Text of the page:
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Dylan Scott

Dylan Scott is a reporter for Talking Points Memo. He previously reported for Governing magazine in Washington, D.C., and the Las Vegas Sun. His work has been recognized with a 2013 American Society of Business Publication Editors award for Best Feature Series and a 2010 Associated Press Society of Ohio award for Best Investigative Reporting. He can be reached at dylan@talkingpointsmemo.com.

Articles by Dylan

Conservatives have long searched for an effective message against Social Security. Now, they seem to have found a new one to try as they set up a fight over the 80-year-old program in the coming Congress: The disabled are robbing the retired.

Social Security advocates describe it almost invariably as the "divide-and-conquer" strategy: Pit the program's two funds -- the retirement and disability programs -- against each other. The disability fund won't be able to pay its full benefits starting in late 2016, and House Republicans passed a rule earlier this month stating that they won't allow a transfer of tax revenue from the retirement fund to cover the shortfall, as has been done multiple times on a bipartisan basis, most recently in 1994, unless Social Security's overall solvency is improved.

Republicans have been clear that they intend to use the need for reallocation as leverage to force a debate about the disability program -- and perhaps, some conservatives hope and Democrats warn, Social Security as a whole.

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It sounds like Jeb Bush and Mitt Romney covered a wide range of topics at their meeting Thursday in Utah -- except the one on everybody's mind.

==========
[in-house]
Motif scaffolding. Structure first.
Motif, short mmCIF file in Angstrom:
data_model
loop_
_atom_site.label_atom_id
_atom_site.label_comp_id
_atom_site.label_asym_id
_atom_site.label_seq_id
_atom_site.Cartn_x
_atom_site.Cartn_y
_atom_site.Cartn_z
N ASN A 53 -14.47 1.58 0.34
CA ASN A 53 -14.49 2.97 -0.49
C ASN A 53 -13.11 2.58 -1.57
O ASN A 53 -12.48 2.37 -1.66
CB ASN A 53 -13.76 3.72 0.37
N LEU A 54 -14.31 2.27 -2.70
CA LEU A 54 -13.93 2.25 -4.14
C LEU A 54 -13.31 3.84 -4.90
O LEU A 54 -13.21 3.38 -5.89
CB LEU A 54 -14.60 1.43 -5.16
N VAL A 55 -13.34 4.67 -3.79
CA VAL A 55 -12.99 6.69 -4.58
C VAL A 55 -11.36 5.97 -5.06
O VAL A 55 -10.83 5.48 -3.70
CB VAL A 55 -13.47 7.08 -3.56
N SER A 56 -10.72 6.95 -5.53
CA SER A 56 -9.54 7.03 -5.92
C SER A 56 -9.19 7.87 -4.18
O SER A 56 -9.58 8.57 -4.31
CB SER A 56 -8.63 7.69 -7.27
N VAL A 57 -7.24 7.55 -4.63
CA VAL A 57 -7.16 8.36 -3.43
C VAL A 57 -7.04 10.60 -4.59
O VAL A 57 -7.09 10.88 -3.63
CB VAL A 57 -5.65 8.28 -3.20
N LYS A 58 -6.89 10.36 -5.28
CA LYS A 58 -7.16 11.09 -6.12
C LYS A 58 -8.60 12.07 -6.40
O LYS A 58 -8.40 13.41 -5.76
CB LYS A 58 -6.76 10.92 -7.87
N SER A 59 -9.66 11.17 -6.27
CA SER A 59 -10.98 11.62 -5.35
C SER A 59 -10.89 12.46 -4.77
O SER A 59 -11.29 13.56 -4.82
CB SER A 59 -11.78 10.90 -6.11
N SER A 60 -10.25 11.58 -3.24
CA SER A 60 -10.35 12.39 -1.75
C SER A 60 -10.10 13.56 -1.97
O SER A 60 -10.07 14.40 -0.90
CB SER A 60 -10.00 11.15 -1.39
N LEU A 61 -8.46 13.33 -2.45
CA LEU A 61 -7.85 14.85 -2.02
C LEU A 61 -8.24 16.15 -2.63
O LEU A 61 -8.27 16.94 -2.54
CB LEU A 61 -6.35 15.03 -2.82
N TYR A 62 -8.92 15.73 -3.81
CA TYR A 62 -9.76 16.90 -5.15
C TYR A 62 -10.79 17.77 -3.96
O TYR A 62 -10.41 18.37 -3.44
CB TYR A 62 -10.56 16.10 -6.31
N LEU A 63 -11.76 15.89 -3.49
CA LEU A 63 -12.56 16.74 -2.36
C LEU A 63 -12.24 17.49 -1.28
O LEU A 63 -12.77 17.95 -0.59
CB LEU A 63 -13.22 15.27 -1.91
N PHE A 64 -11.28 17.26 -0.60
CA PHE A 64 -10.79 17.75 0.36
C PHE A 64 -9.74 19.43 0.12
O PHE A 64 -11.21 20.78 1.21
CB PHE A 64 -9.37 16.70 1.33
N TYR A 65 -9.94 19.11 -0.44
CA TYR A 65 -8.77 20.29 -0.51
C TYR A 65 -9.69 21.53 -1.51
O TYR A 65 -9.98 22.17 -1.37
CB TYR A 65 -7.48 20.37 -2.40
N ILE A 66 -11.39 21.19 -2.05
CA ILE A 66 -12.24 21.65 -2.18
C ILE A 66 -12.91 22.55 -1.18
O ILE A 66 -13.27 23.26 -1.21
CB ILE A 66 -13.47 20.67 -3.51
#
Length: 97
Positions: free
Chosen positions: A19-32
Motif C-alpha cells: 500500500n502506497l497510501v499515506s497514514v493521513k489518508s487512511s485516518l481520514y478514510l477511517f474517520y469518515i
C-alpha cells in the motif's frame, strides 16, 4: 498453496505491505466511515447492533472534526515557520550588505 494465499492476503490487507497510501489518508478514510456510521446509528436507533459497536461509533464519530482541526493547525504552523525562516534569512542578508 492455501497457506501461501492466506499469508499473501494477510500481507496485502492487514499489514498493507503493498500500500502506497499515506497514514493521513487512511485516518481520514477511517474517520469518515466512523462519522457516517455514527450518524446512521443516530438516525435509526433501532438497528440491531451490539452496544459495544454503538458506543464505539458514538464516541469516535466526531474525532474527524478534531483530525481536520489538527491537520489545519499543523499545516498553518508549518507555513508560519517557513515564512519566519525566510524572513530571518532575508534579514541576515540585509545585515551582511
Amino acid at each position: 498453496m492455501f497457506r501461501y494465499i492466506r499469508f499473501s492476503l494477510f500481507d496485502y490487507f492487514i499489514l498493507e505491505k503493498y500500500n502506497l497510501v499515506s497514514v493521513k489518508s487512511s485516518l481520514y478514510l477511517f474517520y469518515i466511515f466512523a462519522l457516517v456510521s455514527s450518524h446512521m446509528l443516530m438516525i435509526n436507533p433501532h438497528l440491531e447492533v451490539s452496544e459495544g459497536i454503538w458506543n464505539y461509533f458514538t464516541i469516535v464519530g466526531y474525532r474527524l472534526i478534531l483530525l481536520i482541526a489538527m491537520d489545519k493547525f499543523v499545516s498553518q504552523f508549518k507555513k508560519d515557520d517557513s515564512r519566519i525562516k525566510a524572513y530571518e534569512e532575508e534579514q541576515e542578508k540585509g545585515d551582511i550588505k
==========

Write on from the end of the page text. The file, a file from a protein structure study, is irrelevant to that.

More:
Bush was asked about the meeting on a Friday at an event in San Francisco, the Washington Post reported. He said the two potential 2016 contenders, who are expected to vie for many of the same donors and voters if they both decide to run, chatted about the National Football League -- but they didn't really touch on the fact that they could be political opponents soon.

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A former Israeli ambassador to the United States said Saturday that Israeli Prime Minister Benjamin Netanyahu should cancel his upcoming March address to Congress on Iran at the invitation of House Speaker John Boehner's request.

"The behavior over the last few days created the impression of a cynical political move, and it could hurt our attempts to act against Iran," former ambassador Michael Oren said, according to Ynet News. "It's advisable to cancel the speech to Congress so as not to cause a rift with the American government. Much responsibility and reasoned political behavior are needed to guard interests in the White House."

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The Islamic State has purportedly beheaded one of the two Japanese hostages it is holding, according to a report Saturday morning.

The SITE Intelligence group reported that hostage Haruna Yukawa had been beheaded in a newly released video.

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In a cherished presidential cycle tradition, Donald Trump is trying to insert himself into the 2016 conversation.